In this tutorial you'll use Spring to store and retrieve data from multiple data stores.

Persistence and Storage

The field of Data Persistence has progressed enormously over the past 20 years. Not so long ago, if you were considering data storage and retrieval you were fairly limited to thinking in terms of a relational data store, or perhaps simple file storage.

Today there are much richer options, and Data Persistence now covers a myriad of different data models and data storage implementations.

Since you're reading this tutorial, it's likely that you are considering implementing a data storage using a component referred to as a [Repository], a pattern from Domain Driven Design, because:

  • You have a data store where you need to access and potentially modify the data that's stored.
  • You have an existing Spring Data application that you need to maintain.
  • You want to investigate different data stores in the context of Spring Data.

This tutorial covers three data stores: the MongoDB document store, a relational database using JPA and Pivotal GemFire.

What you'll build

The context for this tutorial is the Yummy Noodle Bar. As part of its planned expansion it needs to be able to store and update its Menu and store Orders.

Yummy Noodle Bar

You will extend the Yummmy Noodle Bar's application to:

  • Store Menu data in MongoDB.
  • Store Order data in a Relational Database.
  • Track the Status of an Order using GemFire.

Note: More detail on the Yummy Noodle Bar's application is available in the next section of this tutorial.

Spring Data will provide the bedrock of your persistence project, and you will discover how it makes your data access simpler, more consistent and more robust.

What you'll need

To work through this tutorial you'll need a few things:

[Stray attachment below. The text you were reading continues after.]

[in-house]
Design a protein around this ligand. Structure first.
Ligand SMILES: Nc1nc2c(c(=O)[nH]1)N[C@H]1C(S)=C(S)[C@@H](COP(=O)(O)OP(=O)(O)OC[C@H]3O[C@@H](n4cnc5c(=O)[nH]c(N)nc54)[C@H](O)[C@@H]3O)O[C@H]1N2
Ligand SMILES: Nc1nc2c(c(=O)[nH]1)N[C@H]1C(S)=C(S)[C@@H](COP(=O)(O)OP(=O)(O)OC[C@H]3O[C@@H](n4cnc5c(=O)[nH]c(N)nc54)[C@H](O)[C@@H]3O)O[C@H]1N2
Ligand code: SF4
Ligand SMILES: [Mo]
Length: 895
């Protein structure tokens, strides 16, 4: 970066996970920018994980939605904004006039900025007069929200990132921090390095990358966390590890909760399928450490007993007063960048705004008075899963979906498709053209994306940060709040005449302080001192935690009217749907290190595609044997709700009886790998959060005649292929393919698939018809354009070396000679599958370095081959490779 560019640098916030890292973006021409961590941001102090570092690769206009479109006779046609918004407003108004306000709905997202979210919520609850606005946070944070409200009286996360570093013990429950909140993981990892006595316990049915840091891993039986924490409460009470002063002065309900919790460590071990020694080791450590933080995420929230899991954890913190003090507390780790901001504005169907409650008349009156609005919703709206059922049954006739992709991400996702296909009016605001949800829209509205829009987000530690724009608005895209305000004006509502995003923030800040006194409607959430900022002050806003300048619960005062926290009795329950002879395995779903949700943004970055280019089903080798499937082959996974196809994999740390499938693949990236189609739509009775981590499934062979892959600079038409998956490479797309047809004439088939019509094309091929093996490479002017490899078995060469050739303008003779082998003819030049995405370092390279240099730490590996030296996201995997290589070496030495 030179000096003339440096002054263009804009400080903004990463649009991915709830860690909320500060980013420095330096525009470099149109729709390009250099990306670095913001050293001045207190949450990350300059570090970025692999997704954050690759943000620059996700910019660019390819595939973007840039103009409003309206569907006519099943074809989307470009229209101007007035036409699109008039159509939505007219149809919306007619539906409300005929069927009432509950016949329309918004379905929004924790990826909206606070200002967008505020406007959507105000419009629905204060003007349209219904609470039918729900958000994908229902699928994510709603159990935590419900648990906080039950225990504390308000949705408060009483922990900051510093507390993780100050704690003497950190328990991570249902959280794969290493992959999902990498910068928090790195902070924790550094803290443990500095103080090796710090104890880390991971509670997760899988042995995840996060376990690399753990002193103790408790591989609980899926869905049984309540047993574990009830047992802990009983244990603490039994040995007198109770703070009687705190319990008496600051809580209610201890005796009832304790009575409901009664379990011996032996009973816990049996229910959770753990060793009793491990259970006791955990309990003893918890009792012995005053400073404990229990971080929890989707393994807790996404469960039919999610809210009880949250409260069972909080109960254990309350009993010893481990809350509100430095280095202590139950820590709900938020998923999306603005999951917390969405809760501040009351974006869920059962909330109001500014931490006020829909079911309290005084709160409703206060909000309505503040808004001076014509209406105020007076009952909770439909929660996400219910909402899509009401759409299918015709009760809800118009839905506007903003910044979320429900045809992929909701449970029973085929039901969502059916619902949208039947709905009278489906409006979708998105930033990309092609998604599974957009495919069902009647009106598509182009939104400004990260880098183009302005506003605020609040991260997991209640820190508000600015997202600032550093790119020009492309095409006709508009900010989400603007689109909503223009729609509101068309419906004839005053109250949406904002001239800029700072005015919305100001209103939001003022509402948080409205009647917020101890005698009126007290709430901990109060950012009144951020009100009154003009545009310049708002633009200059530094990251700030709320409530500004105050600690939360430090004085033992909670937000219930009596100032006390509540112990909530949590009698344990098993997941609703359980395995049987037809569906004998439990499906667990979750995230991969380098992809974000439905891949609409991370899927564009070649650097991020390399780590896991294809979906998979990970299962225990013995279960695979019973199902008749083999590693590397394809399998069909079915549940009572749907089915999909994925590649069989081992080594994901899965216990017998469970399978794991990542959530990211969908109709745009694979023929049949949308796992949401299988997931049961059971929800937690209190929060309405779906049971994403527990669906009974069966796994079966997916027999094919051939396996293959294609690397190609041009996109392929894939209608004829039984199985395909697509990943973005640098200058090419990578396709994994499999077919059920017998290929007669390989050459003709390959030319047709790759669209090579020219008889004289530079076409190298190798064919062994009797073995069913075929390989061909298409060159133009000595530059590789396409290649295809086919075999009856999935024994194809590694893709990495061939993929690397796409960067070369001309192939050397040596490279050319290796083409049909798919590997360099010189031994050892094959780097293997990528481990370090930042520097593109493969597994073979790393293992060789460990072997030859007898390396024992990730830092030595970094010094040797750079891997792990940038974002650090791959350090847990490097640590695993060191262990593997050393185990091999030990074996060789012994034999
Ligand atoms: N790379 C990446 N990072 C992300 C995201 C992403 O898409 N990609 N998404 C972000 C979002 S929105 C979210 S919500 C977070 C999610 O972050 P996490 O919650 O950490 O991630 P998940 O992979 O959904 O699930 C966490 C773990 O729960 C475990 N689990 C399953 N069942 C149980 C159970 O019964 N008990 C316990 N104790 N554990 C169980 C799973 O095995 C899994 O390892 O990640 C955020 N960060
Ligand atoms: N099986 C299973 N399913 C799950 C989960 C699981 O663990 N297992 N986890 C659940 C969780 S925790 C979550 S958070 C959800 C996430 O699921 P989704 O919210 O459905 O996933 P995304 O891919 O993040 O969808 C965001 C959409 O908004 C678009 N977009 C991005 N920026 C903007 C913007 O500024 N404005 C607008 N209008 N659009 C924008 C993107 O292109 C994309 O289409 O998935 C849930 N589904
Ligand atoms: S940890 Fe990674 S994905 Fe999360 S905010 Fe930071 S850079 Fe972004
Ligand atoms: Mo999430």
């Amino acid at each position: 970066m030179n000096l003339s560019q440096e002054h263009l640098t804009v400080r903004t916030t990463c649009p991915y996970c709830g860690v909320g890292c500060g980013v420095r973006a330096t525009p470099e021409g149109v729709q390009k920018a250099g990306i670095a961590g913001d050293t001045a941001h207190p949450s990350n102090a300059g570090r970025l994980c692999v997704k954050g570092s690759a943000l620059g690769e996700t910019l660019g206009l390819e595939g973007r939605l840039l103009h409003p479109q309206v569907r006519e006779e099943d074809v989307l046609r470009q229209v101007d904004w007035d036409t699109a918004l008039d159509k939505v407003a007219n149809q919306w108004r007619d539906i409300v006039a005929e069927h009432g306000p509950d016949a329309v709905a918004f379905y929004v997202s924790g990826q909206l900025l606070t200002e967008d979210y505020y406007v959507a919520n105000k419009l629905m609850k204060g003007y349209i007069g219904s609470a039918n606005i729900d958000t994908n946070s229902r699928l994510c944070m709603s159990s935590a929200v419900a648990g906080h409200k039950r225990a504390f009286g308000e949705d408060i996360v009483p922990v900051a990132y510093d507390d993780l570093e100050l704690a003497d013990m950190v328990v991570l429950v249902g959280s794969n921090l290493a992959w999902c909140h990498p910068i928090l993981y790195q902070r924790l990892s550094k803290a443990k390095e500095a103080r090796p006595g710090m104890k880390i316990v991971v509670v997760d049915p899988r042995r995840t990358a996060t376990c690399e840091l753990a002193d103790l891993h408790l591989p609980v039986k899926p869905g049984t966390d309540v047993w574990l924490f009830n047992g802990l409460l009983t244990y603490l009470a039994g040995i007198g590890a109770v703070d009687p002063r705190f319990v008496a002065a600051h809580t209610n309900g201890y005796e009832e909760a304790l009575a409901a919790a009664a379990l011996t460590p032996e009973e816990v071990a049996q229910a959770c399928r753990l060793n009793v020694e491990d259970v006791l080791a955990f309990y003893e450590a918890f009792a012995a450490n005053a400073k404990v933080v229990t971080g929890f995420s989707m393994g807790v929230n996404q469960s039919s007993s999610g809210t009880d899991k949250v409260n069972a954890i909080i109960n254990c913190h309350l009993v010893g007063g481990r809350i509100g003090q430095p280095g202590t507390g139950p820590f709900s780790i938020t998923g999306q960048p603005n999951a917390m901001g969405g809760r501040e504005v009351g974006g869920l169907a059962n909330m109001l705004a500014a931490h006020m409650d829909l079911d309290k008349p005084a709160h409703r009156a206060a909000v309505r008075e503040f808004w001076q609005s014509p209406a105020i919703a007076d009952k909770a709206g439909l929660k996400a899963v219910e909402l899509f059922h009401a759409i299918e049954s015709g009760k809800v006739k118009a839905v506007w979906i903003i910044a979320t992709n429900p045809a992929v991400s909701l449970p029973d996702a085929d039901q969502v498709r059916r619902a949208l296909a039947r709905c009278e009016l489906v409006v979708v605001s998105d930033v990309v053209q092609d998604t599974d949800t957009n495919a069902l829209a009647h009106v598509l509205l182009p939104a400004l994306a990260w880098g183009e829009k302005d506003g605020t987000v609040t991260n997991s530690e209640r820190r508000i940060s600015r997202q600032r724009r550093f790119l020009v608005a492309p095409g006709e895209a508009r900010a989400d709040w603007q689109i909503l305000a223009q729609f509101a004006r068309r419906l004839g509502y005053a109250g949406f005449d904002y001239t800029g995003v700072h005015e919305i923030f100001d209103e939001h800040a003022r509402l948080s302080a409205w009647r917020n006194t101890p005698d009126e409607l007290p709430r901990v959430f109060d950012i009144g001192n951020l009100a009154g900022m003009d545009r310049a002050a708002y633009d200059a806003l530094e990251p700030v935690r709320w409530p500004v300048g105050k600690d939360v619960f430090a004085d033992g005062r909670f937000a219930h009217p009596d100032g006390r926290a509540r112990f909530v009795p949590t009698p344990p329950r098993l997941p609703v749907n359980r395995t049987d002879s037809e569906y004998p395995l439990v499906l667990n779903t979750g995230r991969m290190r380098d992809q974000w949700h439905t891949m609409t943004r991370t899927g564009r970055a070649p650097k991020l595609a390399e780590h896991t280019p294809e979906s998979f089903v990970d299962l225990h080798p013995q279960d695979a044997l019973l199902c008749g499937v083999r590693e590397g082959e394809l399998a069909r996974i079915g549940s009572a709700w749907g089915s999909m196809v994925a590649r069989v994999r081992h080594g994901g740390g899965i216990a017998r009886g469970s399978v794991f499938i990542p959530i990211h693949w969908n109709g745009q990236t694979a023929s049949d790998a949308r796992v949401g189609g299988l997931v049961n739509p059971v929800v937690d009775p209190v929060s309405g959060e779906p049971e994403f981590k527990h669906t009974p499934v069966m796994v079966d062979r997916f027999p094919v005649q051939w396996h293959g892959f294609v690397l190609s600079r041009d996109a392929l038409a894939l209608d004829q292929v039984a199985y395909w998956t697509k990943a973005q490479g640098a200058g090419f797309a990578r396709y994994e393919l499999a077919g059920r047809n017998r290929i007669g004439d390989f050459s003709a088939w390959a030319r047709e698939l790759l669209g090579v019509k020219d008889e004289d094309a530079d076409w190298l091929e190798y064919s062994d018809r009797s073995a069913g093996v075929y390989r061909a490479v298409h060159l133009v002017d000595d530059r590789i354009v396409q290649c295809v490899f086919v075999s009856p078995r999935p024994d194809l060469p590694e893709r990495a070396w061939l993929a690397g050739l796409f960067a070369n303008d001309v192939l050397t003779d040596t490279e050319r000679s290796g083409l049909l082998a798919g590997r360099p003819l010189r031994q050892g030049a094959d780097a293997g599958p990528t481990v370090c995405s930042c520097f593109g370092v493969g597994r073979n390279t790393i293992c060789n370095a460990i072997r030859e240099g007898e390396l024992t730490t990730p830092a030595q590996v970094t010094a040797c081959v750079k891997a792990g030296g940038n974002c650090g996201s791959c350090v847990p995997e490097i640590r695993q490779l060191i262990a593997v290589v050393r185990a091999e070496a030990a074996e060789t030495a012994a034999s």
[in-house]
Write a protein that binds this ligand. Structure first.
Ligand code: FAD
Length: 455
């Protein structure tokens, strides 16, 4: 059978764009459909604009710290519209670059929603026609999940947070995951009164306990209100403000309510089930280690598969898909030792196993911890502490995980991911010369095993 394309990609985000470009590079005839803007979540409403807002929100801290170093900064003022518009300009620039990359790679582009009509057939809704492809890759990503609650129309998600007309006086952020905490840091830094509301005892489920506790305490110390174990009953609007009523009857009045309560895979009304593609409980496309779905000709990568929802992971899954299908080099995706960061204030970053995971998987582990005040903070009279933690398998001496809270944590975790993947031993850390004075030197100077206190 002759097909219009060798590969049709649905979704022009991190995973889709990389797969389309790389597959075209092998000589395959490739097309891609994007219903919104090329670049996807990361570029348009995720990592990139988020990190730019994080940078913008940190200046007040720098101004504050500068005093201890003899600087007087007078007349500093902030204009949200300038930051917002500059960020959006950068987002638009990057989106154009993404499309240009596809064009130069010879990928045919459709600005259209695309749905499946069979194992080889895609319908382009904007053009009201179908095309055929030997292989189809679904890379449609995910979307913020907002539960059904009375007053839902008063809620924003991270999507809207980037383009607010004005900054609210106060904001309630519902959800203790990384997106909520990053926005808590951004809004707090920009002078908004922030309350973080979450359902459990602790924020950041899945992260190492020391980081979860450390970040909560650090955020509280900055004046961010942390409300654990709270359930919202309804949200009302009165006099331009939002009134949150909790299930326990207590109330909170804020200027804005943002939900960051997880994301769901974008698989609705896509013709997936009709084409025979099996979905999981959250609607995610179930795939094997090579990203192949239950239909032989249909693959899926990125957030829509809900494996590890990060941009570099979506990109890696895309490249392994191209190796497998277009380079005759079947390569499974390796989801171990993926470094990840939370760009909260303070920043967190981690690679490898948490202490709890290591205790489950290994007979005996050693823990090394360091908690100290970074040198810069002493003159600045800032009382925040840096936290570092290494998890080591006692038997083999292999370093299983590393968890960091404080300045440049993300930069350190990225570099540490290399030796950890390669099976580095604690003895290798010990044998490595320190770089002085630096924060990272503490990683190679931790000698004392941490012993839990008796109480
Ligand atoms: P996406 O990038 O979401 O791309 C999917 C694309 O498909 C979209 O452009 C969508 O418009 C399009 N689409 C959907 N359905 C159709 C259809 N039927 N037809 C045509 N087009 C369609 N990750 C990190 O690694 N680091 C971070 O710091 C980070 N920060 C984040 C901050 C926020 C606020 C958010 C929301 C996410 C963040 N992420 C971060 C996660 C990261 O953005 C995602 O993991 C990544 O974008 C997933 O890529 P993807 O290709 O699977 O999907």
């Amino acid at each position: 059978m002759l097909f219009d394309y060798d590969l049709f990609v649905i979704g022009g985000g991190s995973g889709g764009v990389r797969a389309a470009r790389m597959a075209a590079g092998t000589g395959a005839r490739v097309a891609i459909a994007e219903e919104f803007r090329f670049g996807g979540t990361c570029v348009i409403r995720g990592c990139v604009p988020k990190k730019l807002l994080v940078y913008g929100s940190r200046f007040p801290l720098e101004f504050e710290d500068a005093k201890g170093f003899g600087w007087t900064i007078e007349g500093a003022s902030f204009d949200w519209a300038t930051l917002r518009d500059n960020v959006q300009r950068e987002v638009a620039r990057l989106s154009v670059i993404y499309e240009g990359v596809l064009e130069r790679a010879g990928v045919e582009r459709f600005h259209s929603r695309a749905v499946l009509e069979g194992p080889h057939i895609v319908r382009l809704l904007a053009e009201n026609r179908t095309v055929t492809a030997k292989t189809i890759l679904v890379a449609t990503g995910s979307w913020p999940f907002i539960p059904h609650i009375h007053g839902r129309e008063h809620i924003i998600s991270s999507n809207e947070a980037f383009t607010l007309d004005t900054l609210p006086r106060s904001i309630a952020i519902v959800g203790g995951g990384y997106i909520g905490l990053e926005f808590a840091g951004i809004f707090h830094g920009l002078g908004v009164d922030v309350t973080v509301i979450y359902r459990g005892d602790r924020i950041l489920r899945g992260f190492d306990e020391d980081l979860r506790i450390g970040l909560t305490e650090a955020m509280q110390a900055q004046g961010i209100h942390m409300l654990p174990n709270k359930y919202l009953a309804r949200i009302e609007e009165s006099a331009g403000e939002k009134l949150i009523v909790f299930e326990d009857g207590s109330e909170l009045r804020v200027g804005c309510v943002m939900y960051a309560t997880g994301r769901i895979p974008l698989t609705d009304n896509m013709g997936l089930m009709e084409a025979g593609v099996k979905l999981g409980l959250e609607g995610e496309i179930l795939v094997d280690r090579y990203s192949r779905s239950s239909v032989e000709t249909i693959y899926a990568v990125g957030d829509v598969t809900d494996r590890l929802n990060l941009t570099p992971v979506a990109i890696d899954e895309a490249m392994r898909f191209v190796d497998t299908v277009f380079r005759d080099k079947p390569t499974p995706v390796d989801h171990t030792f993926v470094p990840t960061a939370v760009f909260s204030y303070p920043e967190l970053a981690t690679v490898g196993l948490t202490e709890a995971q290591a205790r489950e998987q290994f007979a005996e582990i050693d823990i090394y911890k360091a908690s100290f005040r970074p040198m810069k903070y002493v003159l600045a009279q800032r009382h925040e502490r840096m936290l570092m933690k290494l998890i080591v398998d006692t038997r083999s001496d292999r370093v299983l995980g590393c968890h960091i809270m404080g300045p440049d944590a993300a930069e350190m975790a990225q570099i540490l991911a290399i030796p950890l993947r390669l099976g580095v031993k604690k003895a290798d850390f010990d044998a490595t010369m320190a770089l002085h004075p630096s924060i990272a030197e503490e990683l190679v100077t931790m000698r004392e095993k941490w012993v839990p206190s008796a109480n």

• About a half hour for each section. You might finish it in a week during your lunch break (or during the weekend!)
  • A copy of the code (available either by git or a downloadable zip file).
  • An IDE of your choice. Spring recommends Spring Tool Suite, which is a free download.
  • An installation of MongoDB

Downloading and running the code

If you download the code base, you'll discover each section of this tutorial in a separate folder, numbered 1, 2, 3, etc. There are also several code drops: an initial one at the root, and a separate complete code drop for each section.

The initial code set contains:

  • a project layout
  • the core domain & event classes this tutorial starts off creating (the 'Yummy Noodle Bar Application', above)
  • some basic unit tests for some of those classes

The complete code set in each section includes the initial code base plus the code developed up to that point in the tutorial.

You can choose to start with the initial code set or you can start with the complete code set for a given section. Important files from each of the steps are shown in the tutorial, such as writing tests, creating data oriented interfaces services, and looking at some key domain objects.

This tutorial is built using Gradle and includes the Gradle Wrapper, so you don't have to install anything to run the code.

For example, if you want to check out the initial code set:

$ git clone https://github.com/spring-guides/tut-data.git
$ cd tut-data/initial
$ ./gradlew clean test

From there, you can inspect build/reports/tests and see all the test results.

The Home of Persistence in your Application Architecture

Repositories are an integration between your core application and external, persistent storage engines. Repositories can be seen as living in their own Persistence integration domain on the periphery of your applications core as shown in the following diagram:

Introducing the Persistence Integration Domain

As an integration between your application core and the outside world there are a number of concerns that need to be addressed in the design and implementation of the components that make up your Repositories:

  • The primary purpose of a Repository component is to integrate your application with the data stores in a natural and optimised (for data storage and retrieval) way.
  • Components of your persistence domain will need to evolve at a rate that is appropriate for the data they are managing.
  • Your Repository components should not contain any core logic. They should instead focus on collaborating with other components in the core domain of your application in order to support their core functionality.

That's enough on the design constraints placed on the components that implement your Repositories, the rest of this tutorial looks at how to implement those components using Spring: